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Panasonic Reimagines GX Series with Retro-Inspired GX7

Are a new 16-megapixel sensor, world-class autofocus, and a tilting EVF enough to take down the mighty OM-D?


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Panasonic announced the eagerly-awaited GX7 today, positioning the new camera to compete with the Olympus OM-D for the hearts and minds of the spendiest Micro Four Thirds shooters. The GX7 comes equipped with a new 16-megapixel image sensor, a tilting high-resolution electronic viewfinder, 1080/60p video shooting, and in-body image stabilization—a first for Panasonic M43 cameras.

The Panasonic GX7 is a big step up for the GX series, with a design and feature set that goes straight after the most popular models in the class.

The GX7 ostensibly replaces the Panasonic GX1, jumping ahead six model numbers thanks to a slew of additional features that have also led to an inflated MSRP. The GX7 will be available body-only for $999.99, well above the GX1's debut price of $699.99. The upgrades position the GX7 as a compact alternative to the OM-D, with a rangefinder-influenced form factor that Panasonic hopes will appeal to street photographers.

The GX7 provides a tilting EVF, one of the only cameras on the market to include the feature built into the camera.

The design itself is a clear step up for Panasonic. The handsome silver and black body—the only color scheme available in the United States—sports a comfortable grip, dual control dials, the aforementioned tilting viewfinder, a tilting rear LCD, and three custom shooting modes right on the mode dial, as well as WiFi and NFC connectivity. The two-tone, retro-inspired design looks and feels high-end compared to previous Panasonic M43 models, which too often felt like they'd suffered a few cut corners.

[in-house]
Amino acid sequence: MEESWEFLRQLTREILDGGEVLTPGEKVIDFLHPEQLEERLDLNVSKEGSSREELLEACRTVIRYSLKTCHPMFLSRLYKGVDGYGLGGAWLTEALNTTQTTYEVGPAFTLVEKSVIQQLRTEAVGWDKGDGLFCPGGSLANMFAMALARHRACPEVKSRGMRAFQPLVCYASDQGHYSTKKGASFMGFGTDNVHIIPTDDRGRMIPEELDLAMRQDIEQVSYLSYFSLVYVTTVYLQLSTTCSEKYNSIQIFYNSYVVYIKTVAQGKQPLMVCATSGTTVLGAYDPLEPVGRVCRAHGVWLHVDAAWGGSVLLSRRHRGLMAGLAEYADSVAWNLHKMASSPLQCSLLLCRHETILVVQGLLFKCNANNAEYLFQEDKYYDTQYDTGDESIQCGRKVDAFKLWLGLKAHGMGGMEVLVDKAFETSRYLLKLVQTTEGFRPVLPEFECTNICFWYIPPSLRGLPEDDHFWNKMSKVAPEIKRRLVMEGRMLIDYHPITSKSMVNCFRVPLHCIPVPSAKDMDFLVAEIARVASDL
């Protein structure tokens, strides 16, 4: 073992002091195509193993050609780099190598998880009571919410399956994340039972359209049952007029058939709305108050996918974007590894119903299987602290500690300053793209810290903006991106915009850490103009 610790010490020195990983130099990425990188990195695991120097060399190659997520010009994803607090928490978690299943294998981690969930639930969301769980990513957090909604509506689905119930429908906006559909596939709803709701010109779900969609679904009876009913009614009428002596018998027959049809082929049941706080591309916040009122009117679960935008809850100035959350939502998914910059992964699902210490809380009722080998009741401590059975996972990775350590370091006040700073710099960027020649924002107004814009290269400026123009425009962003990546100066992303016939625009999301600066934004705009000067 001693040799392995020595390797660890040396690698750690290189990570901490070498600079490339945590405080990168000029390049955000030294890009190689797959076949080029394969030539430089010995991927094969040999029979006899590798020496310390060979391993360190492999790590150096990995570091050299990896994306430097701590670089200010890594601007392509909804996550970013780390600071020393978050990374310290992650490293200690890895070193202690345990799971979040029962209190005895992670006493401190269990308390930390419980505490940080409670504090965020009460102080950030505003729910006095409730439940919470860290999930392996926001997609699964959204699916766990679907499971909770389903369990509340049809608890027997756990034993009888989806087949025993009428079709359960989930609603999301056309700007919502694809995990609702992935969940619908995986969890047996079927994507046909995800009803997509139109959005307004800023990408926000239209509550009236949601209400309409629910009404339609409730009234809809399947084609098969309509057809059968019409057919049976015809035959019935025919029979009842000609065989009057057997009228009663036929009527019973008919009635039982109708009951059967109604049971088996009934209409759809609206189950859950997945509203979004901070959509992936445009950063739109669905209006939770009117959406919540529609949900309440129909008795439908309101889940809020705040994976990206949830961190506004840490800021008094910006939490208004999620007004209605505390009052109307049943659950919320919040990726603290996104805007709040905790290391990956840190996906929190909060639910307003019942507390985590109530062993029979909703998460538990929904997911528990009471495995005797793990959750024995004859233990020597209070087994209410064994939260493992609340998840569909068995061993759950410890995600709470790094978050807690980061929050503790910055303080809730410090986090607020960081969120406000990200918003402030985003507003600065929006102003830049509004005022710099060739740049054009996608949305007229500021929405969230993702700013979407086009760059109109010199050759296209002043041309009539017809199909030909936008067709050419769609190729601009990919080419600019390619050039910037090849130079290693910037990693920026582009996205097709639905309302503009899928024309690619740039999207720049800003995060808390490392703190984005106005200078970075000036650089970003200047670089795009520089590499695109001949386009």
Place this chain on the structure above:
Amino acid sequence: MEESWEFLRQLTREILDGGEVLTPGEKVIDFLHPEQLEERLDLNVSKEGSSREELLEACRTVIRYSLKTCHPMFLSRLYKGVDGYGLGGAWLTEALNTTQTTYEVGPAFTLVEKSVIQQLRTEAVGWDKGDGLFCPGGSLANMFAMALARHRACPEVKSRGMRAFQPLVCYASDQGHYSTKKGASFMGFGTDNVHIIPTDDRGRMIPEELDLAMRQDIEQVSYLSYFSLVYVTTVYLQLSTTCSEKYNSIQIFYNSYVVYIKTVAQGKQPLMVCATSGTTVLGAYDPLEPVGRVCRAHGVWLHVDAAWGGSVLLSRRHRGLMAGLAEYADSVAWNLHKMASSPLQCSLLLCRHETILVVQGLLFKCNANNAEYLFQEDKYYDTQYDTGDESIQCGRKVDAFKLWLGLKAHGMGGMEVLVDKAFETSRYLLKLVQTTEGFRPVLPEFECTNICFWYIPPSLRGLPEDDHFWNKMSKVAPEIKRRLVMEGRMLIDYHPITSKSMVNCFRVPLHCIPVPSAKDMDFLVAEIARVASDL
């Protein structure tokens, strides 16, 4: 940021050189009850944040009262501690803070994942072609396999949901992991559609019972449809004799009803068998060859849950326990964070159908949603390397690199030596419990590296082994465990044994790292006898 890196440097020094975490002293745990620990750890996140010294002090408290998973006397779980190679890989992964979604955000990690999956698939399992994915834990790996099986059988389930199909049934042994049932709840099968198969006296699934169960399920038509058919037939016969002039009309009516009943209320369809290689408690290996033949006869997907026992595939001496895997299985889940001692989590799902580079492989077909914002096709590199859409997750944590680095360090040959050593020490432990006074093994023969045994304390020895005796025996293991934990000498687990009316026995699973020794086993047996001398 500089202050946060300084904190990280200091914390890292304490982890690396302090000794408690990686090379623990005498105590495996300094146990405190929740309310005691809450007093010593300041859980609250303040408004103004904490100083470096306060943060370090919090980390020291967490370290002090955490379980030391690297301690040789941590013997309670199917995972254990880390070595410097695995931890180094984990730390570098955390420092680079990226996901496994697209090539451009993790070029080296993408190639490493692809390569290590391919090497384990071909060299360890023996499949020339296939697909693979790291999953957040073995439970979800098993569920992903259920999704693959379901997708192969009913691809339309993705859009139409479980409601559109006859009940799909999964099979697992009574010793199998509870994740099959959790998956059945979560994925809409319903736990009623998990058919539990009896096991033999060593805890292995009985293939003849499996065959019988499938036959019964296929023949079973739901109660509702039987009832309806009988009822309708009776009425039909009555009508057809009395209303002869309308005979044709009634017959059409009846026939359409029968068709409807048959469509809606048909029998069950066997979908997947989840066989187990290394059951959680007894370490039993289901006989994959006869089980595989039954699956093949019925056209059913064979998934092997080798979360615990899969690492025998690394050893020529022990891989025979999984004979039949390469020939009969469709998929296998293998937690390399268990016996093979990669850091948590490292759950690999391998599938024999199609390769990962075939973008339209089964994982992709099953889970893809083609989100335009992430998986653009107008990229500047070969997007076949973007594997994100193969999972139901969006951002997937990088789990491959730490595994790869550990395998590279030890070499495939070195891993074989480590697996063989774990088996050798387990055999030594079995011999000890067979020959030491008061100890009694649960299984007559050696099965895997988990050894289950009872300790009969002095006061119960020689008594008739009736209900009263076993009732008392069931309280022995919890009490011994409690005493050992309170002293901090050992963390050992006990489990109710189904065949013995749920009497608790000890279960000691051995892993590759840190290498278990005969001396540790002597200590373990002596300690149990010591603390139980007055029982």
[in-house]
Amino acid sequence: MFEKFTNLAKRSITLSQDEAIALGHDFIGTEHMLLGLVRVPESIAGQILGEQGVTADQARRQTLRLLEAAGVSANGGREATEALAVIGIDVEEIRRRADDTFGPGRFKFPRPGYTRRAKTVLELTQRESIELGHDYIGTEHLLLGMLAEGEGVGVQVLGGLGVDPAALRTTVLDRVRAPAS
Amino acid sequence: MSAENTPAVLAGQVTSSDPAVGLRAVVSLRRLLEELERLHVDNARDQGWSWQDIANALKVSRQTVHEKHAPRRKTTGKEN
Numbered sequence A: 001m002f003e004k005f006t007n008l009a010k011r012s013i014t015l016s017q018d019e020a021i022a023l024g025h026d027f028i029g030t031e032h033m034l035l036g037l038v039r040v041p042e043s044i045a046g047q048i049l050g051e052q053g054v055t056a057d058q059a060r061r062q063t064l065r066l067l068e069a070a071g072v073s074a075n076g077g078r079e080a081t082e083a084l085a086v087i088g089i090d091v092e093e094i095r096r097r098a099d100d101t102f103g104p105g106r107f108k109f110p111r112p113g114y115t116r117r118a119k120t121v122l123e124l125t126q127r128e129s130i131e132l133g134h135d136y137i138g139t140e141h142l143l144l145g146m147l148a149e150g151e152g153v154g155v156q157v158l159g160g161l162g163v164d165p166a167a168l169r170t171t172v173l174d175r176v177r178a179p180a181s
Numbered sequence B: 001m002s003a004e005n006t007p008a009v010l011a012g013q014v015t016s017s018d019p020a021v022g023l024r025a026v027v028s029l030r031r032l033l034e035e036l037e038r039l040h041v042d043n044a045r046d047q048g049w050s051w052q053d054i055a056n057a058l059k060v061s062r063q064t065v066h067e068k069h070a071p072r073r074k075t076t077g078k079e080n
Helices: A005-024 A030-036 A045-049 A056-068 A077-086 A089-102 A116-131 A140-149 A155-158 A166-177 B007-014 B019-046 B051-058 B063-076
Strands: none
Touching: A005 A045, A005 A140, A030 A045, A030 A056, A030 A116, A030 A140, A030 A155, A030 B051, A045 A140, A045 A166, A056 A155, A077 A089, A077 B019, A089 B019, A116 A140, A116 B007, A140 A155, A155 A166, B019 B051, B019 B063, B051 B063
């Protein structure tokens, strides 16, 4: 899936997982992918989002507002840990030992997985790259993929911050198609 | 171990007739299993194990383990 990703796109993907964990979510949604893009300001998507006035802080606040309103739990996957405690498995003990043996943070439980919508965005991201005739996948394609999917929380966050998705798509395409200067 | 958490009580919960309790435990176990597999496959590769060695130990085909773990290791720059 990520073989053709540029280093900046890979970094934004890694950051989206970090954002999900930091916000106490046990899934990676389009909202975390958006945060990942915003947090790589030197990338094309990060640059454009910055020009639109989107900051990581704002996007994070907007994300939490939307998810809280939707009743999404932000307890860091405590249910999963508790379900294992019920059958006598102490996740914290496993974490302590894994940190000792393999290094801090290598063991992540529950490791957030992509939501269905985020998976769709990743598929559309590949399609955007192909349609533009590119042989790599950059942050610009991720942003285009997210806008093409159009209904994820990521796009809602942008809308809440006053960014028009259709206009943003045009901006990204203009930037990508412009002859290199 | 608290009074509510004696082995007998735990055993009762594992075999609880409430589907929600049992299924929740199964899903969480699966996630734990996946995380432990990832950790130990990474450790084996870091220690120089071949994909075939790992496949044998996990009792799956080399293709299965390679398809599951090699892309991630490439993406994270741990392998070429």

The two-tone design of the GX7 will turn heads, moreso than previous Panasonic designs.

Panasonic is claiming a 10% improvement in sensitivity from its new sensor, which should result in improved dynamic range and cleaner high-ISO images. The new sensor is 4:3 by default—no multi-aspect ratio, unfortunately—and tops out at ISO 25,600. The GX7 can capture up to 5 frames per second with its mechanical shutter (4.3 fps with continuous autofocus) or as many as 40 frames per second using the electronic shutter. The maximum shutter speed tops out at 1/8000 of a second. In our brief hands-on with the GX7, we came away extremely impressed with its autofocus speed, which compared favorably to the Olympus OM-D.

The back of the GX7 is mostly familiar, though Panasonic has finally moved away from perfectly flush (and impossible to press) low profile buttons.

The GX7 comes stocked with a variety of creative features, as well as full manual control. This includes time lapse shooting, in-camera retouching, and 22 creative filters. Panasonic has also included focus peaking, which will improve the user experience when manually focusing native M43 glass or shooting with adapted lenses.

Not content only to release a new high-end camera, Panasonic is also taking this opportunity to announce development of the brightest lens proposed thus far for M43 cameras: the Leica DG Nocticron 42.5mm f/1.2. A high-end portrait lens, it follows in the footsteps of earlier Panasonic-Leica collaborations like the Summilux 25mm f/1.4 and DG Macro-Elmarit 45mm f/2.8. It's first lens in the Nocticron series, a new unique branding for Pana-Leica lenses.

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The new 42.5mm f/1.2 Leica lens is a huge addition to the Micro Four Thirds family, providing an ultra-fast prime for mirrorless shooters.

The GX7 should be available beginning this September, at either the body-only price of $999.99 or kitted with the improved 14-42mm lens for $1,099.99. For more on today's announcements, head on over to Panasonic's press room.

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